I succumbed to the habit, passing it on to my small children. Their pursuit of blooming beauty resembled search-and-destroy missions. When their quests expanded to others’ yards, I intervened.
“But,” I told them, “if branches hang over sidewalks, you may smell them, if you’re careful. That’s just borrowing.”
Chubby hands grasped behind their backs, they sniffed away.
I followed their good example. Besides, borrowing kept me out of trouble, too.
Our next home’s trees seemed under a curse, succumbing to lightning and disease. One of two peach trees went into a coma and never recovered.
Having witnessed her partner’s demise, the surviving peach tree eyed us with trepidation. Thankfully, Penelope, as I named her, greeted me at my kitchen window the following spring, wearing clouds of delicate salmon-colored blossoms.
We planted a redbud and two lilacs. Their first spring, they wowed us. However, the following year, they too succumbed to the curse.
I wandered the streets … and borrowed past my limit.
My husband wasn’t keen about calls from the police, so we planted a crabapple and a pear that flourished. A generous friend gave us rose of Sharon starts.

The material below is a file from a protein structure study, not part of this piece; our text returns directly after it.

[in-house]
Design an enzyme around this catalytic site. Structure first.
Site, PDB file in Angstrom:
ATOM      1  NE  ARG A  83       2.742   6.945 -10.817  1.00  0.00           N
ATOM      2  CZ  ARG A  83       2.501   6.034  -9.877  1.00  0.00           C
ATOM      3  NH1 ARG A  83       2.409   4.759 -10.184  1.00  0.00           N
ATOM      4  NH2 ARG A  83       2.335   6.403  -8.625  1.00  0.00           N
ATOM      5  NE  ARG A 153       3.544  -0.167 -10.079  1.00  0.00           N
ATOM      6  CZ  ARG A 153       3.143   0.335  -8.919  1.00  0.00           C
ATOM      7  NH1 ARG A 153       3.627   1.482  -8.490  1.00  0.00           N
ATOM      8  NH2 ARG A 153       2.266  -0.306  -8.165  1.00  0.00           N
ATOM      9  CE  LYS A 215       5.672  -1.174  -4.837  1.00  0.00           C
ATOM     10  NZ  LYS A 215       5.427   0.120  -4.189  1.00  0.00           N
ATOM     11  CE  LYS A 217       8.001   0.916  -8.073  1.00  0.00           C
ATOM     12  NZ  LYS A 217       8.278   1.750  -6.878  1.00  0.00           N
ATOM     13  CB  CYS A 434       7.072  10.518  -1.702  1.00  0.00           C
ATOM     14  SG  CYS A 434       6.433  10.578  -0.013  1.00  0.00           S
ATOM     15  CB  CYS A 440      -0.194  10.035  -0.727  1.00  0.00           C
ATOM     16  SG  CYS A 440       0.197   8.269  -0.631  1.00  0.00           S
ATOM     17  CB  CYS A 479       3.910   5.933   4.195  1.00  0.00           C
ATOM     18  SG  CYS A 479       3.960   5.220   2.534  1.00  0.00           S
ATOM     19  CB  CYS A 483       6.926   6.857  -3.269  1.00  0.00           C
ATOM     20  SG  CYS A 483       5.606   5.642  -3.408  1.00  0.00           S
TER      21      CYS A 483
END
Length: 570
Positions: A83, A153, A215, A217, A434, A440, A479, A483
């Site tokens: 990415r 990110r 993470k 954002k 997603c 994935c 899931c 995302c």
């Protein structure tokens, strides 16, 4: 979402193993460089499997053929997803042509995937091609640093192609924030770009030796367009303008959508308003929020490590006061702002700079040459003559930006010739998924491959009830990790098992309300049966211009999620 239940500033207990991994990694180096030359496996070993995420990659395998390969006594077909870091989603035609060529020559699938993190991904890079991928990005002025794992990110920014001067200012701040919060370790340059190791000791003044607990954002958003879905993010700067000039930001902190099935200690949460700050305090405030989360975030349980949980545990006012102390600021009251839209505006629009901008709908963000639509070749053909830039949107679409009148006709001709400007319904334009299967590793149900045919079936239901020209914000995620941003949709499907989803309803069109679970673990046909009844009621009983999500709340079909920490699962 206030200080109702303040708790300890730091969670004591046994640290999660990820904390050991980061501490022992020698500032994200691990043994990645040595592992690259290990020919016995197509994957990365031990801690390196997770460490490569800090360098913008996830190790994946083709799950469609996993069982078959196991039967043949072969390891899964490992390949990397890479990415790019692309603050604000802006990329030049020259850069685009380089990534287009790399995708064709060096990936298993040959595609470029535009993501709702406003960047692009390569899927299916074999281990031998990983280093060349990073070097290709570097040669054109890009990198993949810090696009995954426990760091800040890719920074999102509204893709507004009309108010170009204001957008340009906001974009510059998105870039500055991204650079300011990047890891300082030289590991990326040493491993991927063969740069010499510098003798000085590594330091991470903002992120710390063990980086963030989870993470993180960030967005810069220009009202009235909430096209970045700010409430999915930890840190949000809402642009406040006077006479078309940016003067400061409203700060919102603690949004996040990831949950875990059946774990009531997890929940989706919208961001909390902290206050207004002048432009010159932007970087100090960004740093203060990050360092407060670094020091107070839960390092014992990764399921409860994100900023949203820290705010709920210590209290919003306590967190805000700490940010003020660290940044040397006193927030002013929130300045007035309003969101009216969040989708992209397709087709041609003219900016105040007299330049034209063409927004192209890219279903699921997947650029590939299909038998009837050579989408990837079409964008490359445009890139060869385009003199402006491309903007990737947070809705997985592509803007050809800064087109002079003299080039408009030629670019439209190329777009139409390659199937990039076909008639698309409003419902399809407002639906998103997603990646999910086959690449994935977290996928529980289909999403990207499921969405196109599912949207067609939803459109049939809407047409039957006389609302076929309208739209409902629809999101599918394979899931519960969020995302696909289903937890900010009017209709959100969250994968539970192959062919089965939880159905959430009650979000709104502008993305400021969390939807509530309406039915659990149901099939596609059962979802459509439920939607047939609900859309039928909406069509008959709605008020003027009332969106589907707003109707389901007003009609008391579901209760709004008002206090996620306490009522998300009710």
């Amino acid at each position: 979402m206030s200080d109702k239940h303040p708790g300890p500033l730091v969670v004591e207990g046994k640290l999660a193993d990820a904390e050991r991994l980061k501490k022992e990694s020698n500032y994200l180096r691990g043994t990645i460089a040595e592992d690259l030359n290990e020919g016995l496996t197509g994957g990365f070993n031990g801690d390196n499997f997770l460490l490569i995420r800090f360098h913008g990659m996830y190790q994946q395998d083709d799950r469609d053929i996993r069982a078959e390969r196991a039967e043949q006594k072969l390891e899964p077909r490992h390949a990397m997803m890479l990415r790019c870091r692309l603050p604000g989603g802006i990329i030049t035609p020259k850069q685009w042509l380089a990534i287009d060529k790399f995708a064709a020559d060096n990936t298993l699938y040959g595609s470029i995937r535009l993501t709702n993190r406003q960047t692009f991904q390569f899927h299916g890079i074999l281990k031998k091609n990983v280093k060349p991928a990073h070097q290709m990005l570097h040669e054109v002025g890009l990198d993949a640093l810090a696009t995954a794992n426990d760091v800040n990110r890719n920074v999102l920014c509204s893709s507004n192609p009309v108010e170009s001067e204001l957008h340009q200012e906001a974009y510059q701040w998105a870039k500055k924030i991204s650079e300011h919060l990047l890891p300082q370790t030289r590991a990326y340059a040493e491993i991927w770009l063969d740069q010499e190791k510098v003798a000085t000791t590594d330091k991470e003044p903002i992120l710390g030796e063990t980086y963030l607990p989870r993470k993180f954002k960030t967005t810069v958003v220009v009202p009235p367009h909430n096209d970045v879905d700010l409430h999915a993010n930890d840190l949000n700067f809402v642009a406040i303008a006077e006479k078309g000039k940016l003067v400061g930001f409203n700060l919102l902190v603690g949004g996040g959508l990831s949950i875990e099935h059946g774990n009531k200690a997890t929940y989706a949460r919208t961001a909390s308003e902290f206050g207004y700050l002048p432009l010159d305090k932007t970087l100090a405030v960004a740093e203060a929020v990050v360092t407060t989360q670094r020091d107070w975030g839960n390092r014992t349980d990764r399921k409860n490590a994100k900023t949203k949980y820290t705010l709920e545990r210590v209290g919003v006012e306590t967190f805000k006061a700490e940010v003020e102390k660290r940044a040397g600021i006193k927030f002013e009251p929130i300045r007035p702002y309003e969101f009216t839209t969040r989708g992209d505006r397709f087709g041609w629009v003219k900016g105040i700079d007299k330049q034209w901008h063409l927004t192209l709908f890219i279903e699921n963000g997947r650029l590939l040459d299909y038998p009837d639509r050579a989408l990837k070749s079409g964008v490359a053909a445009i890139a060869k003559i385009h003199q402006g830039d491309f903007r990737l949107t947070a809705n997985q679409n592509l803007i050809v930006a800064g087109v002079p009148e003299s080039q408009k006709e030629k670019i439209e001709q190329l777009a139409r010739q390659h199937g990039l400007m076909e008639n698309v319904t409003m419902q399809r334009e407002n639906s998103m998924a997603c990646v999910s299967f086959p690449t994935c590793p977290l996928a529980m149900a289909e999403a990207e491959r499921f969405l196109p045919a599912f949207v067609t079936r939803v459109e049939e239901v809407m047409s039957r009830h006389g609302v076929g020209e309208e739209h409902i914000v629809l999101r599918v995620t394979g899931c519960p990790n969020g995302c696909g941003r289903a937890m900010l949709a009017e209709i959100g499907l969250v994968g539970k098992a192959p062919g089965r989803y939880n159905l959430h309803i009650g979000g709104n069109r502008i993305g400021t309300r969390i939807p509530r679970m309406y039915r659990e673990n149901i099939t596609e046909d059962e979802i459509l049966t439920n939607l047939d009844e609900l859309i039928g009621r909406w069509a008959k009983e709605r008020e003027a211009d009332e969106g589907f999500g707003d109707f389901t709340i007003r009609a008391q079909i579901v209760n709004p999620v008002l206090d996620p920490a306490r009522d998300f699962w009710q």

I will try not to run you down. Or miss bridges.
But you won’t mind if I borrow your trees on the way, will you?
Thank you for informing us, as people bail out living rooms. Facebook whines and surly crowd mumbles at Walmart — my scientific tools for measuring demographic mood — have reached record levels.
So I share suggestions for coping with April showers until they produce May flowers and golfing hours.
What’s your favorite rainy day activity?
Most people stay far too busy during spring to pause and practice their God-given powers of observation. Although I, too, keep an encyclopedia-sized to-do list, I decided to sacrifice the time, pour myself a cup of coffee and ponder spring stuff:
Perhaps it’s time to rouse myself from my profound cogitations and determine if this year’s cone will uphold the standard.
No weightier spring pursuit than that.
What’s your favorite spring stuff?